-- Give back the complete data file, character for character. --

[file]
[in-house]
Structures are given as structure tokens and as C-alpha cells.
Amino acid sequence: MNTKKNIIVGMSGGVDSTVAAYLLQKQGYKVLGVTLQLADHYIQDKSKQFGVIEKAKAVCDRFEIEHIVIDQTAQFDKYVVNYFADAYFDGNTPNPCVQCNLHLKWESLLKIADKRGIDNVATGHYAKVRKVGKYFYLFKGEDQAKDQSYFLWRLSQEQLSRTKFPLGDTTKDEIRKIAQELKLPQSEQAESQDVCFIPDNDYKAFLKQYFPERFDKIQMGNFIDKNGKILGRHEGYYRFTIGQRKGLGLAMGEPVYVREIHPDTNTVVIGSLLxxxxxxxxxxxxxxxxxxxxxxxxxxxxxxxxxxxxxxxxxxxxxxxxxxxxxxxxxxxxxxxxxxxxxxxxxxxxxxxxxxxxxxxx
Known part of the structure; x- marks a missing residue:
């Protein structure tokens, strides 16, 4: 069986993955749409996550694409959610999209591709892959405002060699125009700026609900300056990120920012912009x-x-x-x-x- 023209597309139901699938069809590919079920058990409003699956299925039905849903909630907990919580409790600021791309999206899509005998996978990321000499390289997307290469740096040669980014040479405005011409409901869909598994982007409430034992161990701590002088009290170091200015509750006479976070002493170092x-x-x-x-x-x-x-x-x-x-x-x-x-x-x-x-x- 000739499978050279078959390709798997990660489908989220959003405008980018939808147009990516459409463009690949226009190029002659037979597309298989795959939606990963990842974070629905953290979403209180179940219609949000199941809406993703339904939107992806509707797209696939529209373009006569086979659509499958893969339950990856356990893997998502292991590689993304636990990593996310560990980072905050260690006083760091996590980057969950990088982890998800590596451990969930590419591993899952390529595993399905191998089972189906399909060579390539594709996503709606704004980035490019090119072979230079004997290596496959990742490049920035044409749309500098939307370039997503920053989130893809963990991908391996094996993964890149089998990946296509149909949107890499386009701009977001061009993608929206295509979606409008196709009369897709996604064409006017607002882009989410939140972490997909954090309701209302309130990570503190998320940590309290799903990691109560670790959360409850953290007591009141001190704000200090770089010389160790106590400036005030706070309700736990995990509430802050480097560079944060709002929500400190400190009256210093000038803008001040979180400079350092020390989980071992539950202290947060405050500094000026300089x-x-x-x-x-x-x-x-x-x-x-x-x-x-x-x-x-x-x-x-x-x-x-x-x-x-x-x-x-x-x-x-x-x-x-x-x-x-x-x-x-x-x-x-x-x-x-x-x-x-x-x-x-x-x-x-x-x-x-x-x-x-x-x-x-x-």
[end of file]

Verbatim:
[in-house]
Structures are given as structure tokens and as C-alpha cells.
Amino acid sequence: MNTKKNIIVGMSGGVDSTVAAYLLQKQGYKVLGVTLQLADHYIQDKSKQFGVIEKAKAVCDRFEIEHIVIDQTAQFDKYVVNYFADAYFDGNTPNPCVQCNLHLKWESLLKIADKRGIDNVATGHYAKVRKVGKYFYLFKGEDQAKDQSYFLWRLSQEQLSRTKFPLGDTTKDEIRKIAQELKLPQSEQAESQDVCFIPDNDYKAFLKQYFPERFDKIQMGNFIDKNGKILGRHEGYYRFTIGQRKGLGLAMGEPVYVREIHPDTNTVVIGSLLxxxxxxxxxxxxxxxxxxxxxxxxxxxxxxxxxxxxxxxxxxxxxxxxxxxxxxxxxxxxxxxxxxxxxxxxxxxxxxxxxxxxxxxx
Known part of the structure; x- marks a missing residue:
């Protein structure tokens, strides 16, 4: 069986993955749409996550694409959610999209591709892959405002060699125009700026609900300056990120920012912009x-x-x-x-x- 023209597309139901699938069809590919079920058990409003699956299925039905849903909630907990919580409790600021791309999206899509005998996978990321000499390289997307290469740096040669980014040479405005011409409901869909598994982007409430034992161990701590002088009290170091200015509750006479976070002493170092x-x-x-x-x-x-x-x-x-x-x-x-x-x-x-x-x- 000739499978050279078959390709798997990660489908989220959003405008980018939808147009990516459409463009690949226009190029002659037979597309298989795959939606990963990842974070629905953290979403209180179940219609949000199941809406993703339904939107992806509707797209696939529209373009006569086979659509499958893969339950990856356990893997998502292991590689993304636990990593996310560990980072905050260690006083760091996590980057969950990088982890998800590596451990969930590419591993899952390529595993399905191998089972189906399909060579390539594709996503709606704004980035490019090119072979230079004997290596496959990742490049920035044409749309500098939307370039997503920053989130893809963990991908391996094996993964890149089998990946296509149909949107890499386009701009977001061009993608929206295509979606409008196709009369897709996604064409006017607002882009989410939140972490997909954090309701209302309130990570503190998320940590309290799903990691109560670790959360409850953290007591009141001190704000200090770089010389160790106590400036005030706070309700736990995990509430802050480097560079944060709002929500400190400190009256210093000038803008001040979180400079350092020390989980071992539950202290947060405050500094000026300089x-x-x-x-x-x-x-x-x-x-x-x-x-x-x-x-x-x-x-x-x-x-x-x-x-x-x-x-x-x-x-x-x-x-x-x-x-x-x-x-x-x-x-x-x-x-x-x-x-x-x-x-x-x-x-x-x-x-x-x-x-x-x-x-x-x-």